British Royal Coat of Arms
Sailor Made Wool Work
PICTURE SIZE: Unframed 18” x 17 1/4″, Framed 22 3/4“ x 22“
Presented is a truly beautiful sailor’s wool work of a British Royal Crest. This is an extremely intricate piece that would have taken a considerable time to accomplish. This is one of the most beautiful wool works we’ve had the privilege of owning. To add to that, it is also magnificently framed.
The royal coat of arms of the United Kingdom, or the royal arms for short, is the arms of the dominion of the British monarch, currently Queen Elizabeth II. These arms are used by the Queen in her official capacity as monarch of the United Kingdom. The Motto ” French: Dieu et mon Droit means ‘God and my right’. The motto of The Order of the Garter is also present around the middle crest: “Soil Qui Mal Y Pense”, means “Shame on him who thinks evil”
This is an exceptionally fine “woolie”, meeting all of the criteria listed below in choosing this type of artwork for your collection.
HISTORY of WOOLIES: British sailors crafting woolies were talented
needleworkers. The height of popularity of this form of folk art was between 1840-1880. The sailors learned their craft through
their daily routines of repairing the ship’s sails and taking care of their uniforms. They made the most of their limited
spare time and personal space by creating works of art that could be rolled up and stored under their bunks when not being
worked on. These sailors were knowledgeable about their ships and their surroundings and were skilled at drawing on canvas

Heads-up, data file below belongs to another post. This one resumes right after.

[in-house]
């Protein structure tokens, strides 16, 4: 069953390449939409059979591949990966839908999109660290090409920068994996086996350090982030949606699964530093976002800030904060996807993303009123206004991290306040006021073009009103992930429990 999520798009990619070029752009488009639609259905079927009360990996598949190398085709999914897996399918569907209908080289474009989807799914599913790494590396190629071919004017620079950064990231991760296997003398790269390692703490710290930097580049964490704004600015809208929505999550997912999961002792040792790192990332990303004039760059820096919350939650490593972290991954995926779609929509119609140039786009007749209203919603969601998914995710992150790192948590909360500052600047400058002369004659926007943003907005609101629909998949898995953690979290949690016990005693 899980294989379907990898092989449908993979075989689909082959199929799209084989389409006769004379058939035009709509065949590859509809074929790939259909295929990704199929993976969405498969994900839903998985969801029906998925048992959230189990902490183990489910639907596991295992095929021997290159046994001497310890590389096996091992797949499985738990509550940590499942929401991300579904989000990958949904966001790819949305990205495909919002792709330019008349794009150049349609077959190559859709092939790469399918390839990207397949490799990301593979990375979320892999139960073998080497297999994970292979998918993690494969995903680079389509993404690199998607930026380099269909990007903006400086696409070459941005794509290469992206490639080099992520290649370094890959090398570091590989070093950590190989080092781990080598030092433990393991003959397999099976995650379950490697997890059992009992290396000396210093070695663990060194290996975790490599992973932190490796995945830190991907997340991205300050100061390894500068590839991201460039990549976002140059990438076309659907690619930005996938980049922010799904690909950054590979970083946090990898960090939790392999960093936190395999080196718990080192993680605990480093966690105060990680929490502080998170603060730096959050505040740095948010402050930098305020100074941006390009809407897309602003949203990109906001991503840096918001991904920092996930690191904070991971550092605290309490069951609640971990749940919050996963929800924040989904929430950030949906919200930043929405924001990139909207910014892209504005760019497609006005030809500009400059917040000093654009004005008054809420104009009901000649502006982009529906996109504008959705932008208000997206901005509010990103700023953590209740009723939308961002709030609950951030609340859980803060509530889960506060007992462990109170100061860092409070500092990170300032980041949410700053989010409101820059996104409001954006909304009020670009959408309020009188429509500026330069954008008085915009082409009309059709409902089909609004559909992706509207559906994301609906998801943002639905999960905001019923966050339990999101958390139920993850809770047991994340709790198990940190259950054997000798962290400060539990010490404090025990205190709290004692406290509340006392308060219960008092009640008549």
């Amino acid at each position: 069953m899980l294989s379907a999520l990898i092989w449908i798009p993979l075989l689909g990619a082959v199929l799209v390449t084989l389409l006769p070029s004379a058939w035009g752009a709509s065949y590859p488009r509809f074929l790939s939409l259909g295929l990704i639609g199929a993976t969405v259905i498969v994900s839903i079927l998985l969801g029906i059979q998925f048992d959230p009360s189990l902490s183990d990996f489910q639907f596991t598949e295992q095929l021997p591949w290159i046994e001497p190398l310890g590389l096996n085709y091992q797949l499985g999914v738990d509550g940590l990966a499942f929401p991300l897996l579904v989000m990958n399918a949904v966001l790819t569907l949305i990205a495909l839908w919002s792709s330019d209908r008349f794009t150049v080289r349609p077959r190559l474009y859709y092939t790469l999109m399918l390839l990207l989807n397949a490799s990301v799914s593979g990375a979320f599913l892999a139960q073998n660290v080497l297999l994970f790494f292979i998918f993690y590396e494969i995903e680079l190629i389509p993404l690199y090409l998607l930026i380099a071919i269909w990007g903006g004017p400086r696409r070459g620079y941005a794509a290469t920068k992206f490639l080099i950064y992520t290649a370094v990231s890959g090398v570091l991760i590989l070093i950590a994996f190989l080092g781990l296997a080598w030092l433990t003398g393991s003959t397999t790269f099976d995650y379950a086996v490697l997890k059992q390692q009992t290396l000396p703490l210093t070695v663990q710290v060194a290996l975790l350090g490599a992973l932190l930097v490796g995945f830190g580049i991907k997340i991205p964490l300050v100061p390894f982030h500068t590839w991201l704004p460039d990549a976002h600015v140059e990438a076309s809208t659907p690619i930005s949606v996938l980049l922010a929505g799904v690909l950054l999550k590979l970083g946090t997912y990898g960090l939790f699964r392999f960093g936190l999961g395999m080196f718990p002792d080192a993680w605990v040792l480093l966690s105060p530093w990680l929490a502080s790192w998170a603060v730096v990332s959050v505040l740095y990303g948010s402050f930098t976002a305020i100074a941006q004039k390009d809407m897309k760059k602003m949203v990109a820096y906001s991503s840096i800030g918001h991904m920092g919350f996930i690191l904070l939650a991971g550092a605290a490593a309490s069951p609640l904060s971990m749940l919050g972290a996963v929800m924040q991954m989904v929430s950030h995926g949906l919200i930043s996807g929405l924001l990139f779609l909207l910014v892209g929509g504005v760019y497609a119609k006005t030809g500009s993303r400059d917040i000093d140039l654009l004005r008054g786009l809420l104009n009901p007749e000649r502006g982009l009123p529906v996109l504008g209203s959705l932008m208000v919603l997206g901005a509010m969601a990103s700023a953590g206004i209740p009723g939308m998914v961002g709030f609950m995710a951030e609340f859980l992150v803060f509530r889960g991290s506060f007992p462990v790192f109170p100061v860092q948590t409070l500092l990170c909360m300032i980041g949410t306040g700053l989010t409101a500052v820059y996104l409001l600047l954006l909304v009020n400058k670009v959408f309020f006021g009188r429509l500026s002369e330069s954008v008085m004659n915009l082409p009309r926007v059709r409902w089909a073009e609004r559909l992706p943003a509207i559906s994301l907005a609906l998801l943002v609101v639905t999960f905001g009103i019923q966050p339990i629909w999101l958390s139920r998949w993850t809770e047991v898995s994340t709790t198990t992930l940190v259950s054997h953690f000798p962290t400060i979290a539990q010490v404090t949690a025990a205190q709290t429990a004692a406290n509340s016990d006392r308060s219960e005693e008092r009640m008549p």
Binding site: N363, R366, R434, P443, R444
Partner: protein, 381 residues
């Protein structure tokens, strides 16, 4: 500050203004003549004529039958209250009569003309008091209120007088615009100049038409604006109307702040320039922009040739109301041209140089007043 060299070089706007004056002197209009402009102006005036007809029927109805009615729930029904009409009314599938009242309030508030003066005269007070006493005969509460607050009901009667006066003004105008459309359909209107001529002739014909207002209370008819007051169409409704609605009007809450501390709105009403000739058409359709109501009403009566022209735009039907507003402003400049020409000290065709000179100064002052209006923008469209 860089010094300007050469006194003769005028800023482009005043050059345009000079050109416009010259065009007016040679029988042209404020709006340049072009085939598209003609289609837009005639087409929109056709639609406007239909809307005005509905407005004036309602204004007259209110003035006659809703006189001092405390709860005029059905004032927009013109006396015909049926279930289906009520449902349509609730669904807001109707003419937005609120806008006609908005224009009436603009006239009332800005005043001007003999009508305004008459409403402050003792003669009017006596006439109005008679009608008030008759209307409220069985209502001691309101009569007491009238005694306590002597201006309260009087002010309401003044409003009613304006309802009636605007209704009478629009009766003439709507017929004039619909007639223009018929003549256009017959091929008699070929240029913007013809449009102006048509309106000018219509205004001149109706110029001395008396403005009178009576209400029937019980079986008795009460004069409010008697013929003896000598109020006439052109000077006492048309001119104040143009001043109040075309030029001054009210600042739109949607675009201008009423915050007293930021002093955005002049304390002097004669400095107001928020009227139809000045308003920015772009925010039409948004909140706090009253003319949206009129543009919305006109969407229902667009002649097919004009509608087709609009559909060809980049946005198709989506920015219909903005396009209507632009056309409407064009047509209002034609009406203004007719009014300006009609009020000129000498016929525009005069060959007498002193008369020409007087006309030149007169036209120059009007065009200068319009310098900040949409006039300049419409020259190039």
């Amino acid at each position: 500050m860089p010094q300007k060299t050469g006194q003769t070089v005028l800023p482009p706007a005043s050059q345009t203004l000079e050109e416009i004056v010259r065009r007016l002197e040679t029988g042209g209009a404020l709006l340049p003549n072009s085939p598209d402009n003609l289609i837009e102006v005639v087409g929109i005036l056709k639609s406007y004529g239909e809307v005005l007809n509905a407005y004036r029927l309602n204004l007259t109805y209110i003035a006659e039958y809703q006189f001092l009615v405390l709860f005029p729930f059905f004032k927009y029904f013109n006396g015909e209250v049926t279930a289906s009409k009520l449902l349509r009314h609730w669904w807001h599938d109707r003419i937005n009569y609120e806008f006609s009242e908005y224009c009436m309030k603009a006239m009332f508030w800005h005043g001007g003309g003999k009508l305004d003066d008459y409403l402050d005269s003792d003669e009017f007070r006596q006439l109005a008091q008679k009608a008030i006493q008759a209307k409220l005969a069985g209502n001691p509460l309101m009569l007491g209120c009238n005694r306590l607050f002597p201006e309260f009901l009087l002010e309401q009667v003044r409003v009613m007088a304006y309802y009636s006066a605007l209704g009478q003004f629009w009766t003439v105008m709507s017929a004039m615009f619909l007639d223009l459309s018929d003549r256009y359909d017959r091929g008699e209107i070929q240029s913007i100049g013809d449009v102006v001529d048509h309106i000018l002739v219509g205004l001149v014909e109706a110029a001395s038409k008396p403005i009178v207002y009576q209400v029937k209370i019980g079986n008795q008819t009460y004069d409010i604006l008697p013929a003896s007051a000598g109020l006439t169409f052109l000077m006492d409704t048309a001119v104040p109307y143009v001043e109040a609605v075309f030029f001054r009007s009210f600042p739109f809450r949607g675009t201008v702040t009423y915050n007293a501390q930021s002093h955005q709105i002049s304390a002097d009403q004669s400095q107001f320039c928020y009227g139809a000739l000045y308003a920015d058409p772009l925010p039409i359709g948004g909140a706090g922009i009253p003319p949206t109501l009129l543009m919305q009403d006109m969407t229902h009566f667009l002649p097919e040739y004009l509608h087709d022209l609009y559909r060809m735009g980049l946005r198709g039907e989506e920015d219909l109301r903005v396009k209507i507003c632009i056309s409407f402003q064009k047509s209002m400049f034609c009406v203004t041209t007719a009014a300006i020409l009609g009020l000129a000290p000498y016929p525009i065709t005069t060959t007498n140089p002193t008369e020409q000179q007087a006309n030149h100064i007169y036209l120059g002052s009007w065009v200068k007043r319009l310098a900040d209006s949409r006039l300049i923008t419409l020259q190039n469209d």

and then transforming a simple sketch into a vibrant, detailed, and interesting ship picture. Their accomplishments are magnified
by being self-taught and creating their works for the satisfaction they gave since there was no profit motive. The overwhelming
majority of woolies are unsigned. A recent sale of such a woolwork brought $22,000.00 in Massachusetts and they regularly
sell for in the twenty thousand dollars.
A SIMPLE CHECKLIST FOR BUYING WOOLIES
Condition is probably the most important
consideration. Are the threads intact, are they stretched, water stained, moth-eaten, etc? Expect to see some fading
of color which is a good indication of age. The most highly sought after, and therefore the most valuable, are
those that are identifiable as a specific vessel.
Complexity of design: Woolies that have
more than a simple profile of a ship are more valuable. Some have land in the background, the name of the vessel, various
flags flying, crests or other embellishments that add value.
Design: Some sailors had a knack for composition
and color sense which make the work visually appealing while others ended with an unattractive scene.
Size: The larger the size, the higher the
value. Most woolies are about 16 x 24 inches.
Stitching: There are various stitches that
sailors used many of which came from sail making, but others learned the art of embroidery so they combined complex stitches
for detailing. This adds value. Long stitches take less time, and therefore closely spaced stitches add to the value.
If nothing else, remember HISTORIC SIGNIFICANCE,
CONDITION, COMPOSITION, and COMPLEXITY enhance value